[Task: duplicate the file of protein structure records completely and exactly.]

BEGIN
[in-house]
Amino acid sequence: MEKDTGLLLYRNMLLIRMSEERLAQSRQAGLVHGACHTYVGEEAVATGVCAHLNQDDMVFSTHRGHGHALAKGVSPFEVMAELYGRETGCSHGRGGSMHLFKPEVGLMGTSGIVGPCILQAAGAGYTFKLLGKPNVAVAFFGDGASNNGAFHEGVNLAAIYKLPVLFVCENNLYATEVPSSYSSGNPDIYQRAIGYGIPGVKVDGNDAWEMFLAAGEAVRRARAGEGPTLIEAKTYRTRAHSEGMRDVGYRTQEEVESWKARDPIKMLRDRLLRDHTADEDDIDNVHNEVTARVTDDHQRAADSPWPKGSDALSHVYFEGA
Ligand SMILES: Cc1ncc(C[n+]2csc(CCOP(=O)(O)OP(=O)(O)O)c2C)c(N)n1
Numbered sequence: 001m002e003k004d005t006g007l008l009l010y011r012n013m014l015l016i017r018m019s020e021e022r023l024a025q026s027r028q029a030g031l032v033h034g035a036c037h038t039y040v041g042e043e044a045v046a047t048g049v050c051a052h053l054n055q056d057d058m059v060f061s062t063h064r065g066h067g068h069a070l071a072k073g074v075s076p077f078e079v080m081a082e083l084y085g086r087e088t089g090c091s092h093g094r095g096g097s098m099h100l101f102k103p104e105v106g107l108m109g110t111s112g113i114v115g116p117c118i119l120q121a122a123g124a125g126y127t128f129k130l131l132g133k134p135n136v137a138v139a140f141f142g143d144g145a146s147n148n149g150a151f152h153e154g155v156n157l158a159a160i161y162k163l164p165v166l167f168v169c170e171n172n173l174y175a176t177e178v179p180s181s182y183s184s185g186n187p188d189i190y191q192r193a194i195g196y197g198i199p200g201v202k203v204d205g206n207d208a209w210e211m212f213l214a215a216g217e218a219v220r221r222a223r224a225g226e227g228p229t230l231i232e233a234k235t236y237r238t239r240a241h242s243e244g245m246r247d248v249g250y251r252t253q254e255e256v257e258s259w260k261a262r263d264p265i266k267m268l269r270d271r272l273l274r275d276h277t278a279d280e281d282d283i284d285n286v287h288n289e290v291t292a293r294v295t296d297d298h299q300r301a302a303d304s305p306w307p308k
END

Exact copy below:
[in-house]
Amino acid sequence: MEKDTGLLLYRNMLLIRMSEERLAQSRQAGLVHGACHTYVGEEAVATGVCAHLNQDDMVFSTHRGHGHALAKGVSPFEVMAELYGRETGCSHGRGGSMHLFKPEVGLMGTSGIVGPCILQAAGAGYTFKLLGKPNVAVAFFGDGASNNGAFHEGVNLAAIYKLPVLFVCENNLYATEVPSSYSSGNPDIYQRAIGYGIPGVKVDGNDAWEMFLAAGEAVRRARAGEGPTLIEAKTYRTRAHSEGMRDVGYRTQEEVESWKARDPIKMLRDRLLRDHTADEDDIDNVHNEVTARVTDDHQRAADSPWPKGSDALSHVYFEGA
Ligand SMILES: Cc1ncc(C[n+]2csc(CCOP(=O)(O)OP(=O)(O)O)c2C)c(N)n1
Numbered sequence: 001m002e003k004d005t006g007l008l009l010y011r012n013m014l015l016i017r018m019s020e021e022r023l024a025q026s027r028q029a030g031l032v033h034g035a036c037h038t039y040v041g042e043e044a045v046a047t048g049v050c051a052h053l054n055q056d057d058m059v060f061s062t063h064r065g066h067g068h069a070l071a072k073g074v075s076p077f078e079v080m081a082e083l084y085g086r087e088t089g090c091s092h093g094r095g096g097s098m099h100l101f102k103p104e105v106g107l108m109g110t111s112g113i114v115g116p117c118i119l120q121a122a123g124a125g126y127t128f129k130l131l132g133k134p135n136v137a138v139a140f141f142g143d144g145a146s147n148n149g150a151f152h153e154g155v156n157l158a159a160i161y162k163l164p165v166l167f168v169c170e171n172n173l174y175a176t177e178v179p180s181s182y183s184s185g186n187p188d189i190y191q192r193a194i195g196y197g198i199p200g201v202k203v204d205g206n207d208a209w210e211m212f213l214a215a216g217e218a219v220r221r222a223r224a225g226e227g228p229t230l231i232e233a234k235t236y237r238t239r240a241h242s243e244g245m246r247d248v249g250y251r252t253q254e255e256v257e258s259w260k261a262r263d264p265i266k267m268l269r270d271r272l273l274r275d276h277t278a279d280e281d282d283i284d285n286v287h288n289e290v291t292a293r294v295t296d297d298h299q300r301a302a303d304s305p306w307p308k